staff, April 8, 2015

It was another memorable Big Ten men's basketball season.

Michigan State and Big Ten regular season and postseason champ Wisconsin made the Final Four, marking the first time since 2005 that two Big Ten teams made the regional semifinals, and Wisconsin advanced to the national final.

With the season in the books, asked a writer from every school for his/her team's 2014-15 MVP and 2015-16 Player to Watch.

Below, see the writers' players to watch.



Michael Finke. Illinois struggled to get much scoring production from its front court players last season and Finke, who redshirted, is a skilled big man who can score in a variety of ways. He and Darius Paul should add an offensive element that was missing.

— Marcus Jackson (@MarcusJ_NG),



Troy Williams. Williams was brilliant at times as a sophomore, but he also disappeared for stretches which proved costly for Indiana. On his list of offseason improvements to make is developing a more consistent jump shot and learning to use his athleticism to his advantage as a defender.

— Alex Bozich (@insidethehall),



Peter Jok. I believe Jarrod Uthoff will be a 15 points per game player pretty easily for Iowa, maybe even 18 points per game. But every Batman needs a Robin, so Jok will need to take steps toward consistency in his junior season because he can be a 12 to 14 points per game player in his own right. Iowa will be more of a perimeter team next year and Jok will need to mature and play a big role.

— Jon Miller (@HawkeyeNation),



Jared Nickens. If the fearless sharpshooter improves his defense this offseason, it will be hard for Maryland to keep him off the court as a sophomore. He averaged 10 points per game in the NCAA Tournament and has a knack for hitting outside shots at critical points.

— Josh Stirn (@Josh_Stirn),



Derrick Walton Jr. This was supposed to be Walton's breakout year as the sophomore point guard and he was a scoring guard for the first few weeks. But then he sprained his toe in late November and it bothered him for two months and led to a foot injury, ending his season by early February. Next year will be his next chance.

— Mark Snyder (@Mark_Snyder),



Eron Harris. The West Virginia transfer has been giving MSU's guards more than a few headaches in practice as they try to guard him. He'll play some point but is at his best slashing and scoring.

— Joe Rexrode (@joerexrode),



Nate Mason. Although the first-year guard failed to make Big Ten's All- Freshman team, Mason had one of the most consistent seasons for Minnesota and showed the ability to score from the perimeter and on the drive as well as craftily set up teammates.

— Amelia Rayno (@AmeliaRayno),



Andrew White. Nebraska was among the worst three-point shooting teams in the nation, and White, a Kansas transfer who sat out this season, is expected to provide a huge lift in perimeter shooting. The athletic guard has a penchant for rebounding, too.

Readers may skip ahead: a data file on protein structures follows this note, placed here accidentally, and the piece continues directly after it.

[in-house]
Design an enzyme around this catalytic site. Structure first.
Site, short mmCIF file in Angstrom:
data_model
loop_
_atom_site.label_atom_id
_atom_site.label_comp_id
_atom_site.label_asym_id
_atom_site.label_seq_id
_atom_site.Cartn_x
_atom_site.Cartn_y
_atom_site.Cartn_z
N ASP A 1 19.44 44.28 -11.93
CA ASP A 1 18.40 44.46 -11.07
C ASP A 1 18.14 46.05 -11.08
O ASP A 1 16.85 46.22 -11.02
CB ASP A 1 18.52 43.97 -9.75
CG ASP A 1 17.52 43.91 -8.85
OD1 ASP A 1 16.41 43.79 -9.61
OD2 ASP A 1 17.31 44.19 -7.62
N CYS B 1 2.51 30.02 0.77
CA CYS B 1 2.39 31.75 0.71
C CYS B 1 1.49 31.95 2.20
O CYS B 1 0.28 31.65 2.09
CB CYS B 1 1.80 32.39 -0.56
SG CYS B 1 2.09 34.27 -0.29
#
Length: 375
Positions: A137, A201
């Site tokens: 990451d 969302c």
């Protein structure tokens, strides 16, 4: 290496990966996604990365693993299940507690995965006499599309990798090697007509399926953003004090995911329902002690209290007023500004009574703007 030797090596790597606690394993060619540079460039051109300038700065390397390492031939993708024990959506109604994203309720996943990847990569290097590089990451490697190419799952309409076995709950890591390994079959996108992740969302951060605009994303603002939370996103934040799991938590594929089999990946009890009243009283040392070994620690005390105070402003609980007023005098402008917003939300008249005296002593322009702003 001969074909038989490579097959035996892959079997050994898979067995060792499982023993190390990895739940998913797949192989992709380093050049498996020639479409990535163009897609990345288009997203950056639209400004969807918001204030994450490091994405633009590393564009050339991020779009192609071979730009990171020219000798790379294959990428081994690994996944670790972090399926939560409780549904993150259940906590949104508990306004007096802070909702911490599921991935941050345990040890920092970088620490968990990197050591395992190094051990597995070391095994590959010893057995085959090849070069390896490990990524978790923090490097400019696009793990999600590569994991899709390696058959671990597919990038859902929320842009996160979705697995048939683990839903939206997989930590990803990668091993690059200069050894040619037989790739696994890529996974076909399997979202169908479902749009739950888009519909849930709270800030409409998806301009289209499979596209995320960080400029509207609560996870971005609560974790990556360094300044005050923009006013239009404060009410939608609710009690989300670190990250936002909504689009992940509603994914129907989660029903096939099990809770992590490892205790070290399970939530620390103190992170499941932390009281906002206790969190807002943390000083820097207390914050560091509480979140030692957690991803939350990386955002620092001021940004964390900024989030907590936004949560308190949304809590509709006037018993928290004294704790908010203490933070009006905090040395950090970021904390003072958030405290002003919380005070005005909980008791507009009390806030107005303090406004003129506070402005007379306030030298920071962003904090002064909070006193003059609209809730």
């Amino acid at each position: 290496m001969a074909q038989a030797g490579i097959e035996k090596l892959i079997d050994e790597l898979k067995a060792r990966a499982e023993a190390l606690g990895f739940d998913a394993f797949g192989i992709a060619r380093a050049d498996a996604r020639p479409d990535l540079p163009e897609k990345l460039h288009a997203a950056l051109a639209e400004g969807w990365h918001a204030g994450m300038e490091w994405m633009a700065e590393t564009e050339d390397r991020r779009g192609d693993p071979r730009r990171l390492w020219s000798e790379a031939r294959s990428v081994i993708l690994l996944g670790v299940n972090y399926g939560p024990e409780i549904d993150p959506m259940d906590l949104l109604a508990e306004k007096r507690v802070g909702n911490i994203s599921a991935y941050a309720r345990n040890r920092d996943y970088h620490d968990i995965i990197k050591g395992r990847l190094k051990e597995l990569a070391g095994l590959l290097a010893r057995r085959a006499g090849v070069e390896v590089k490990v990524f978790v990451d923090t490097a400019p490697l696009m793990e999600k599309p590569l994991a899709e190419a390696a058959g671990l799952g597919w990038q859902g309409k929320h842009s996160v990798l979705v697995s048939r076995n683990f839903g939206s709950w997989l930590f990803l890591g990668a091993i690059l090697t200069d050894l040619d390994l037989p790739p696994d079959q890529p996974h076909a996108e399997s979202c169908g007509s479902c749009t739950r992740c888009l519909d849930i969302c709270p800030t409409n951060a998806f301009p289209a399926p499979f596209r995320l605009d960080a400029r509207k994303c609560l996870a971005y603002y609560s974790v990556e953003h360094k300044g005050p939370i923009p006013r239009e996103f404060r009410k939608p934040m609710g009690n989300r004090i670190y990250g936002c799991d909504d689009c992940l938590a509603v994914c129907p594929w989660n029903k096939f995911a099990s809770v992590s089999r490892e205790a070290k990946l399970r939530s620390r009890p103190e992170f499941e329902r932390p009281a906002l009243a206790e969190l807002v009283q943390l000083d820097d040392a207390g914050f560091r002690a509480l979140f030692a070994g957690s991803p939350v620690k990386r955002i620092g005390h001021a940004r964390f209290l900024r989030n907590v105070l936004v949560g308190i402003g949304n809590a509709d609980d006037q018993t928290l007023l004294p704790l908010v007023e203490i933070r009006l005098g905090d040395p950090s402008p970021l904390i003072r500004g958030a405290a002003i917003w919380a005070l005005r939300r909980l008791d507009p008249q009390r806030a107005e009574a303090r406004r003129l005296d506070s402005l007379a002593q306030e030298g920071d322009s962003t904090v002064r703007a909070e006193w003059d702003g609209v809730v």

— Brian Rosenthal (@HuskerExtraBR),



Vic Law. The light turned on for Law in mid-February, and he turned in fine performances against Penn State (17 points, 11 rebounds) and Indiana (14 and 8). NU coaches are counting on a bulked-up Law to play a major role as a sophomore.

— Teddy Greenstein (@TeddyGreenstein),



Keita Bates-Diop. The best returning player for Ohio State, assuming Russell departs, will be Jae'Sean Tate. But the Buckeyes pretty much know what they're going to get out of the gritty 6-foot-4 Tate who plays much bigger than his size. It's the 6-foot-7 Bates-Diop who could make a big jump in minutes and production next season. As a freshman, he was used sparingly off the bench (9.9 minutes per game), but he proved he's a player with a very high ceiling when he was on the floor. His biggest moment came in the opening round of the NCAA Tournament when he buried his only two shots of the game — both 3-pointers late — to help OSU beat VCU in overtime.

— Dave Biddle (@davebiddle),



Shep Garner. Overshadowed by the league's tremendous freshman class, Garner was solid in his own right in his first year with the Lions. With the scoring void left behind by Newbill, Shep will be expected to lead the Lions' attack next season after scoring 9.2 PPG as a freshman.

— Eric Gibson (@BSD_Eric),



Dakota Mathias. If we have to choose just one, Mathias is a guy to watch. With an off-season to work out, he'll make huge strides. We're hoping that he runs the point next season…his passing made everyone better. When he replaced Stephens in the starting lineup, Purdue got better almost immediately because of his vision.

Honorable mention players to watch: Vince Edwards and Kendall Stephens.

— Boiled Sports (@BoiledSports),



Corey Sanders. Much will be expected from the incoming freshman, Rutgers? prized 2015 recruit. The point guard from Florida will be handed the keys from day one. He?s exhibited an ability to be the kind of playmaking floor general Rutgers has lacked for many years.

— Jerry Carino (@NJHoopsHaven),



Nigel Hayes. With Kaminsky and likely Dekker gone, Hayes will be counted upon to take a Kaminsky-like leap in his junior season. Hayes is nearly a 40-percent three-point shooter this season, and if he can continue improving his shot while becoming an even more consistent, well-rounded threat, Wisconsin might not lose as much as expected without Kaminsky.

— Mike Fiammetta (@mikefiammetta),